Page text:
Paul began sketching in nursery school, following that interest in his junior and senior high school years boarding at Thacher School in Ojai. He entered Villanova University, also his father’s college, starting as a pre-med student but switching to art before leaving after two years. Returning to California, he worked on his grandfather’s ranch and began studies as a biology major at the University of California, Santa Barbara. Sampling the medical field as a potential career, he left school to work in a bio lab making heart valves.
Paul & wife Kimberleigh in Hawaii.Career wise, he eventually made a life changing decision, moving in 1975 to a studio in Huntington Beach to try his hand as a professional artist. Over the next several years, Gavin completed a bachelor’s degree at the University of California, Irvine, in studio art. He opened an art studio in downtown Santa Ana and, along with his private work, became involved in “street art,” drawing what he saw daily on Santa Ana street corners. He soon began exhibiting at the Laguna Art Festival. His first display booth of oils was converted into a beach scene complete with sand on the ground, volleyball net, beach chair – all surrounded by seascapes and coastal landscapes.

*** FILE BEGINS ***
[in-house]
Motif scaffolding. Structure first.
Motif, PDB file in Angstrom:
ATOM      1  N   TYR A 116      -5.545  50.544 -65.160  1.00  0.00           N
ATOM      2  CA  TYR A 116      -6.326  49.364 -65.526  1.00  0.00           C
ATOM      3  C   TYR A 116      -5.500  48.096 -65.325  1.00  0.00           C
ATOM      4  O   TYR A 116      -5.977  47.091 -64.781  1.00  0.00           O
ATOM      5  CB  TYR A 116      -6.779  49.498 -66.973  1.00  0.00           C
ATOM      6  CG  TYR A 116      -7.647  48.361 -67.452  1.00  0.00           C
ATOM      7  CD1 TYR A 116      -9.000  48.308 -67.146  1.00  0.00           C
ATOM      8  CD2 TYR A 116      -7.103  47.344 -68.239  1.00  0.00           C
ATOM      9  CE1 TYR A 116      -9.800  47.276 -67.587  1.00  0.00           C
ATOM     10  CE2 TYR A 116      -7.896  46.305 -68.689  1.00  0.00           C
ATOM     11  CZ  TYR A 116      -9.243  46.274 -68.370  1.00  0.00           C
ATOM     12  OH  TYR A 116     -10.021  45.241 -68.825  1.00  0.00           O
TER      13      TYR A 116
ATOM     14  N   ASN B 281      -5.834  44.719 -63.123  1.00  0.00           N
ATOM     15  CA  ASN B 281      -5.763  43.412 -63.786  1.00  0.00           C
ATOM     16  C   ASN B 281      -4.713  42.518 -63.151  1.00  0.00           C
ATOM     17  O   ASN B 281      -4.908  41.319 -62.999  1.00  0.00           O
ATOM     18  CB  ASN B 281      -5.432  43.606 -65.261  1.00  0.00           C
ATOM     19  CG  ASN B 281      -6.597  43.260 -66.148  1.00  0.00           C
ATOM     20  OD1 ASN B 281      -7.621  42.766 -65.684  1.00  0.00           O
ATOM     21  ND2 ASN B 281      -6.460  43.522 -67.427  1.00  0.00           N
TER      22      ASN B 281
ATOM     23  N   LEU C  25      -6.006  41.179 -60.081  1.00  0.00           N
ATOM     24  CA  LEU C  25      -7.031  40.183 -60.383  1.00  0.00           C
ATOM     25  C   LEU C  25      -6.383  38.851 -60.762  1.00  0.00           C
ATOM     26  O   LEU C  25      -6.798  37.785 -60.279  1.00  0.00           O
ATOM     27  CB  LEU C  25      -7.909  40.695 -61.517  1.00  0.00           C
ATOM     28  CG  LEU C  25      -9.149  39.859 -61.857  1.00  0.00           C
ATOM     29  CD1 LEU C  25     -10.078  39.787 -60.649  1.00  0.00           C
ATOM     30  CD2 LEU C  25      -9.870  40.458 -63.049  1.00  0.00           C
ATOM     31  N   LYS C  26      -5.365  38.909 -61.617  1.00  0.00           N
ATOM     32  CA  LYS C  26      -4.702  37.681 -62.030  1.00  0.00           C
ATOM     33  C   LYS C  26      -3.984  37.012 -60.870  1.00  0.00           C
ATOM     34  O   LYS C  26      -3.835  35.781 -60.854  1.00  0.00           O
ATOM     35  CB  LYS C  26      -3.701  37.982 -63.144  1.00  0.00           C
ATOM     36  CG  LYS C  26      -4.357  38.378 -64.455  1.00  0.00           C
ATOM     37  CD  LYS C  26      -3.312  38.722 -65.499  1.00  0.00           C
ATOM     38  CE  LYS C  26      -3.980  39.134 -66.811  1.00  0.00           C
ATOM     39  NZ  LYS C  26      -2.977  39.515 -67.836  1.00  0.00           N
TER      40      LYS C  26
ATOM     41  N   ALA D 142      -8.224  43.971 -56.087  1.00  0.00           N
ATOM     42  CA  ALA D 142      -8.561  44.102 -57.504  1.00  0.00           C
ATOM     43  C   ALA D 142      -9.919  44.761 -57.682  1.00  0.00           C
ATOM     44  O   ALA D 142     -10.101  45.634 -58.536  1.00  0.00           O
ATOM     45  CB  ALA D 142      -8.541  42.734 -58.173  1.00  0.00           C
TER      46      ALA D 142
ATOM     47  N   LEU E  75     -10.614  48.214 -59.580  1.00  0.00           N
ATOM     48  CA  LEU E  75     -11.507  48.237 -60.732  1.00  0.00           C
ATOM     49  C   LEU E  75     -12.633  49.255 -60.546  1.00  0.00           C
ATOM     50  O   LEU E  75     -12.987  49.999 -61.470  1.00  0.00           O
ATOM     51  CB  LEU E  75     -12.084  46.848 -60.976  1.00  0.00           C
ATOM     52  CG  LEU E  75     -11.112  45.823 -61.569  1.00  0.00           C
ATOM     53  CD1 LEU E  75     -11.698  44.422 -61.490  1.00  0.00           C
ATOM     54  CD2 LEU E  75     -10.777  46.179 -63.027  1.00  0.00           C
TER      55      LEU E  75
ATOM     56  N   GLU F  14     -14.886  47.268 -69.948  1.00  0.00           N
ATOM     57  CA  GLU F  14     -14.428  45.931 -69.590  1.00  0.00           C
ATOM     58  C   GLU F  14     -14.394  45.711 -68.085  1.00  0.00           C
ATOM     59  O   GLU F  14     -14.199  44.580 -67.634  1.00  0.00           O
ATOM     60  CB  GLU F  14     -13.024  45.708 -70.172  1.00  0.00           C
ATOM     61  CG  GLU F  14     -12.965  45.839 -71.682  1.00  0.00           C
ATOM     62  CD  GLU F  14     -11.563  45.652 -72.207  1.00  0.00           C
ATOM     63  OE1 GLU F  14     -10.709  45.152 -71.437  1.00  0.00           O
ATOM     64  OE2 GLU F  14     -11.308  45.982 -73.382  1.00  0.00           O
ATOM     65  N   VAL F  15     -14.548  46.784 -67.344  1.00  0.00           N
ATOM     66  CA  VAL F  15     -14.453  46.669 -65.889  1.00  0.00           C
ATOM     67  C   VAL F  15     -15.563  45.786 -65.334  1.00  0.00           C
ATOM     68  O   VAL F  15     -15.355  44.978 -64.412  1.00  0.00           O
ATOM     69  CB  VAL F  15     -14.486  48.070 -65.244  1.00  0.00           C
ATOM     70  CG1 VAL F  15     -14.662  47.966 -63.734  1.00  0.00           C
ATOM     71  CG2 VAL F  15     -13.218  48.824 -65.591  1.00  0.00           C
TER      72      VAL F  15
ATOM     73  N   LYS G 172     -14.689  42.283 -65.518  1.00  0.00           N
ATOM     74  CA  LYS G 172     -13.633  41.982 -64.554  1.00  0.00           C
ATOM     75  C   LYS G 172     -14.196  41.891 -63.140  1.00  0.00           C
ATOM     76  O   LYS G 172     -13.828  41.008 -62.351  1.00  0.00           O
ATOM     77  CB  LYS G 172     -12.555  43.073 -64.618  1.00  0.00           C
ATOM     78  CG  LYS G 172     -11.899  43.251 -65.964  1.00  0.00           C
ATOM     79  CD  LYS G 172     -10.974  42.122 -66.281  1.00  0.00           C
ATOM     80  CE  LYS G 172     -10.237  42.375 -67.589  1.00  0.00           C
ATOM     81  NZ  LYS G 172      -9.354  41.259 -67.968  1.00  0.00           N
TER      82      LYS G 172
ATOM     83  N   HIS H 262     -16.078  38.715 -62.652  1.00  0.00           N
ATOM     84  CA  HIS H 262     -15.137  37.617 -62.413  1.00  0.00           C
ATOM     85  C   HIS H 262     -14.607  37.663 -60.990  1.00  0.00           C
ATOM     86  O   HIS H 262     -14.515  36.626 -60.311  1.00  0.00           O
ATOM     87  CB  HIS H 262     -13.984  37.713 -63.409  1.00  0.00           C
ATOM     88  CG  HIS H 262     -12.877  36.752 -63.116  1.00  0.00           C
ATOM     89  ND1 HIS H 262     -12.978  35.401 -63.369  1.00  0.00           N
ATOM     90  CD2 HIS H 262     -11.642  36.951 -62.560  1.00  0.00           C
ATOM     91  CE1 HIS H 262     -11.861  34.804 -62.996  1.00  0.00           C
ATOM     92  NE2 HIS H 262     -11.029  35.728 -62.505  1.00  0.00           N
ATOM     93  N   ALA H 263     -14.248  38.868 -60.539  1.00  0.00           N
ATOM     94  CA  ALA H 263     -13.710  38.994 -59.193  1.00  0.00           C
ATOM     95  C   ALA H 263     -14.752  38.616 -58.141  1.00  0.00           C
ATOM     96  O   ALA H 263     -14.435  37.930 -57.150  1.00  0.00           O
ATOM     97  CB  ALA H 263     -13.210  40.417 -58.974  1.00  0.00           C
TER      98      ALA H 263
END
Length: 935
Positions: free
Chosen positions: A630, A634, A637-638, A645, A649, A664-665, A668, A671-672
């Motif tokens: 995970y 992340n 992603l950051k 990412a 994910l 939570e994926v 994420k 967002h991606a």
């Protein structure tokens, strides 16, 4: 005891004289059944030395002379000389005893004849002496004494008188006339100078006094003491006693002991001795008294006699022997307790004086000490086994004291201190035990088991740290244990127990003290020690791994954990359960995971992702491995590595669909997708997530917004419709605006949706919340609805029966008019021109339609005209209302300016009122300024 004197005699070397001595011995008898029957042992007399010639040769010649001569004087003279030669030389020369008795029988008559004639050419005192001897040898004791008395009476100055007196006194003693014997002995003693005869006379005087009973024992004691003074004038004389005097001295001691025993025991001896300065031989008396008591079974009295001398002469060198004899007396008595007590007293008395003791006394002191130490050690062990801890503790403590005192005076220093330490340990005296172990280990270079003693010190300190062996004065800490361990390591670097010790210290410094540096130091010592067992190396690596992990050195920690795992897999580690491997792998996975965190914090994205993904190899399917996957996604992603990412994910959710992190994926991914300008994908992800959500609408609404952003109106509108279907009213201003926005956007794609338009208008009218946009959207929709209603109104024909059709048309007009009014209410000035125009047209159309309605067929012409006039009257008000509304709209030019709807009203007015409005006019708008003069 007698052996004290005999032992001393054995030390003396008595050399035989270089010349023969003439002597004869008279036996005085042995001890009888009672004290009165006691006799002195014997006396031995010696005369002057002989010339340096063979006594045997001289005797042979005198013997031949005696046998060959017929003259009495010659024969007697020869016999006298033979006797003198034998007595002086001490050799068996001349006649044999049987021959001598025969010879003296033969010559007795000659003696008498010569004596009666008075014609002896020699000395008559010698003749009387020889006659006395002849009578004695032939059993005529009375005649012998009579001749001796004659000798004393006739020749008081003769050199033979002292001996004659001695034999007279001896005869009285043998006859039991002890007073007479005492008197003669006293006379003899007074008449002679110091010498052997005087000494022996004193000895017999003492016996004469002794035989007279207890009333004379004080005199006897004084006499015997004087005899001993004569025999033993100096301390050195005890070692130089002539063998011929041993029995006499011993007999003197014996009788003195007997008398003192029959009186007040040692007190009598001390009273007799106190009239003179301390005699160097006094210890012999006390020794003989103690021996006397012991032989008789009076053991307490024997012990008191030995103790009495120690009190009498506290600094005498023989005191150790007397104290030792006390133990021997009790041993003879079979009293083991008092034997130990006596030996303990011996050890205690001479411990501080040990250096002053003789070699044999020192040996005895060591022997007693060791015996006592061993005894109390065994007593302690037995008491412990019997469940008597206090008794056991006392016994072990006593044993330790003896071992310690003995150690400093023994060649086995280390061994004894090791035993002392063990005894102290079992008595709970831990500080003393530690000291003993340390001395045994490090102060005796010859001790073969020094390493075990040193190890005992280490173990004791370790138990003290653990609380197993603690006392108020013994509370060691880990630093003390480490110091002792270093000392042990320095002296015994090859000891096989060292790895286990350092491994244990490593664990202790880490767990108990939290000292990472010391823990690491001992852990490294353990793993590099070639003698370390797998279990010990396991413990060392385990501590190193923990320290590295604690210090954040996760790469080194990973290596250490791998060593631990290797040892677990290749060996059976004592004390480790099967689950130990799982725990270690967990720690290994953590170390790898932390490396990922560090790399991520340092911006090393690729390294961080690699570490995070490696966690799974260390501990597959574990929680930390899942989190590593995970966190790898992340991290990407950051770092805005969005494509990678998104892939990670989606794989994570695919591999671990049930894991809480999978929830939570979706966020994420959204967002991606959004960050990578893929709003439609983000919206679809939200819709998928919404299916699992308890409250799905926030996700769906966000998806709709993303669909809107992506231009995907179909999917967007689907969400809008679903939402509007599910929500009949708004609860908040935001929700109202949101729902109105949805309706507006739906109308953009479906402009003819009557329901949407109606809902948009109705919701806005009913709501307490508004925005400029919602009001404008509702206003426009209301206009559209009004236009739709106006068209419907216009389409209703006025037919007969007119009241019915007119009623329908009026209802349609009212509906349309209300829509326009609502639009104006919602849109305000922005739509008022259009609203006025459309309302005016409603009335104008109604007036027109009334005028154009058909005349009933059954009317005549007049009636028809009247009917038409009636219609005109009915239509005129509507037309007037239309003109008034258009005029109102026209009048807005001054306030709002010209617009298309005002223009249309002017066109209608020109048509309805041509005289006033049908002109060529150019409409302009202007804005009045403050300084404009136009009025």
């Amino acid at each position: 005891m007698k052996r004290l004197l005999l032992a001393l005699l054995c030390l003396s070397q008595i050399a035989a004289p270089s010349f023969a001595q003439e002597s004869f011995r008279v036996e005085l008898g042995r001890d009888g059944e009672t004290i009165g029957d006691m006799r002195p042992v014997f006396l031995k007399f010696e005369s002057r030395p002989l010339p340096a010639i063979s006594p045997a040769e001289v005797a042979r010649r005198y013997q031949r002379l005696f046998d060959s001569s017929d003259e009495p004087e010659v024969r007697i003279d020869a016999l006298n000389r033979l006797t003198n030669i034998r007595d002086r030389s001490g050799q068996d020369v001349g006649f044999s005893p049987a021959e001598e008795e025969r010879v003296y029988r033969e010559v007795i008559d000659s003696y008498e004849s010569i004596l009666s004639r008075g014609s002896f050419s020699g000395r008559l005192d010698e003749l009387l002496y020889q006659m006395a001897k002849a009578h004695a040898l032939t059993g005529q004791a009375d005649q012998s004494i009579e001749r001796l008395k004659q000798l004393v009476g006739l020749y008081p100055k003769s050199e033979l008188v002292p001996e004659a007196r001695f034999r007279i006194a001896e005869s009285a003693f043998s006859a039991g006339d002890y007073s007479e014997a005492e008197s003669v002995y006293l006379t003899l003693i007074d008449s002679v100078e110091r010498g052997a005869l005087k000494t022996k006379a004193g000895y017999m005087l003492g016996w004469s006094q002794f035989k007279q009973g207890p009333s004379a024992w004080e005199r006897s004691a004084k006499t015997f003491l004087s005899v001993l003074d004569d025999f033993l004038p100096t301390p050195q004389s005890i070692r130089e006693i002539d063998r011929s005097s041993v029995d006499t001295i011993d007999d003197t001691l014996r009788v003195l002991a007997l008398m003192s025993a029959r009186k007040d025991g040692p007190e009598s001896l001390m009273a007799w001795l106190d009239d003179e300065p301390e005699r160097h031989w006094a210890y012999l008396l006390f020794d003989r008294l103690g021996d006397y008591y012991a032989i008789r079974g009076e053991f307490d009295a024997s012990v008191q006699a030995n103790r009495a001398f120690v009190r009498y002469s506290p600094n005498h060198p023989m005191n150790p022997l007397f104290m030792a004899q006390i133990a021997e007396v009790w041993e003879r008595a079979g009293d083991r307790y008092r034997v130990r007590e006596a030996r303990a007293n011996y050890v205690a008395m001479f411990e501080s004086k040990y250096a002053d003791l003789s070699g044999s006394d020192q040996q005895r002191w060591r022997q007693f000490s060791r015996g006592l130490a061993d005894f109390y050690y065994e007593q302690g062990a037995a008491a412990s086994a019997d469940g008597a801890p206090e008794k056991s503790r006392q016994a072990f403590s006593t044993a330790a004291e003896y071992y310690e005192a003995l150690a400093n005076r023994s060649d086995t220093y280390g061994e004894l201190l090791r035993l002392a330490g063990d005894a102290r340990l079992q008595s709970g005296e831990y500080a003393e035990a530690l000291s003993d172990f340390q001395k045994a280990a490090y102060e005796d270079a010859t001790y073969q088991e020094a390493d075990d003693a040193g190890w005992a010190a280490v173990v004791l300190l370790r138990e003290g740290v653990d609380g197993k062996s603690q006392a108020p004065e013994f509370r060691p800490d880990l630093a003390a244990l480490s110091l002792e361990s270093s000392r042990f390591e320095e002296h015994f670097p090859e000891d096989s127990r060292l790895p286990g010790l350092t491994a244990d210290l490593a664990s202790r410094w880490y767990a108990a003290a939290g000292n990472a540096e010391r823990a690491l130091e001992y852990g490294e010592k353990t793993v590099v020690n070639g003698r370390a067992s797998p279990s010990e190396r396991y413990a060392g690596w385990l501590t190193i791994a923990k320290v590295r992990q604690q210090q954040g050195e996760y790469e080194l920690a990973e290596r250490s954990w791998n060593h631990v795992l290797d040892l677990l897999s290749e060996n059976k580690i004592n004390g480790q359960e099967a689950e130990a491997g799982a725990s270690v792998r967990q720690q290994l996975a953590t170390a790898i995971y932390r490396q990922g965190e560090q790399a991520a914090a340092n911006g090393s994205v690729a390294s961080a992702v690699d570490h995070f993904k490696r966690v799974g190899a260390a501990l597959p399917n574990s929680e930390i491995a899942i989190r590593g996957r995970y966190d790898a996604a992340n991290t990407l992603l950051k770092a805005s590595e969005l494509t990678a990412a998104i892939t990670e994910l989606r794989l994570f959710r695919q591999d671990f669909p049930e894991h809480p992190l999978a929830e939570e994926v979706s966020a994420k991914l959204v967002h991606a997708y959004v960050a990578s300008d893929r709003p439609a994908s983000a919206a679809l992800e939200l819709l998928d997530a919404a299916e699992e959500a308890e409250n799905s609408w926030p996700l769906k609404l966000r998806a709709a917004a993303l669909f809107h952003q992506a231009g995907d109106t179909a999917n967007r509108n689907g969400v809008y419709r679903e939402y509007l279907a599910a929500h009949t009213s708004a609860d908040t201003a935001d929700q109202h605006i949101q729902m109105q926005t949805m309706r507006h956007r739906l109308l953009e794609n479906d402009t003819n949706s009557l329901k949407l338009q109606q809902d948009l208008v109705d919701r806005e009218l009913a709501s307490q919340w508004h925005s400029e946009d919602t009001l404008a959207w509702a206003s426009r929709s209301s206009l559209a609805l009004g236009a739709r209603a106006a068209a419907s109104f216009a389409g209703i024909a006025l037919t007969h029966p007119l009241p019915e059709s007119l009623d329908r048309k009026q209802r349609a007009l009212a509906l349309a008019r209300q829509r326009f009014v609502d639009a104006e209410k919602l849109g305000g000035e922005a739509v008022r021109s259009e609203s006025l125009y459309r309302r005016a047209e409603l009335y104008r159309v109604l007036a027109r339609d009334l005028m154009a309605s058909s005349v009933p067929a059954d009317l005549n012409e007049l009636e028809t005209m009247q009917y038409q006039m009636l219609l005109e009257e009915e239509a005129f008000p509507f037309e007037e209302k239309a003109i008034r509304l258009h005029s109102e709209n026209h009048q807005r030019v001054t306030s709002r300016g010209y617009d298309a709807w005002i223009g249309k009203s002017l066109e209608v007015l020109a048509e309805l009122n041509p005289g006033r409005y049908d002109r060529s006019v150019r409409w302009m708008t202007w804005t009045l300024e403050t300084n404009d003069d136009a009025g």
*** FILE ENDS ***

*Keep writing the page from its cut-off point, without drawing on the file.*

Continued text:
Before long he moved his studio to Huntington Beach to begin a productive period as “a roving artist,” choosing his subjects along the coast, or from the Irvine Ranch, Ojai, Santa Paula and Sierra. He painted from the bed of the much-admired 1951 pickup truck he had purchased from his grandparents.
Paul’s patience, talent, and versatility began to pay off. In 1982, he had his first art show entitled “Portrait Balboa: Goodbye Fun Zone,” displaying 15 watercolor paintings of the downtown arcades and landmarks at a local Balboa boutique, all of which were sold on the spot. His oils and water colors and limited print editions included original images of the Huntington Beach Pier, Main Beach Laguna, the Tustin Blimp Hangars and Old Town Irvine.
Always searching for new, unique ways, and places to show his work, Gavin began displaying his art at the Dana Harbor Wharf in 1988. In a typical “starving artist” role, he carried a portrait of Dana Point Harbor to local businesses and residents, door-to-door, in an effort to increase print sales of the painting. The positive response encouraged him to focus his work on South County beaches and landscapes.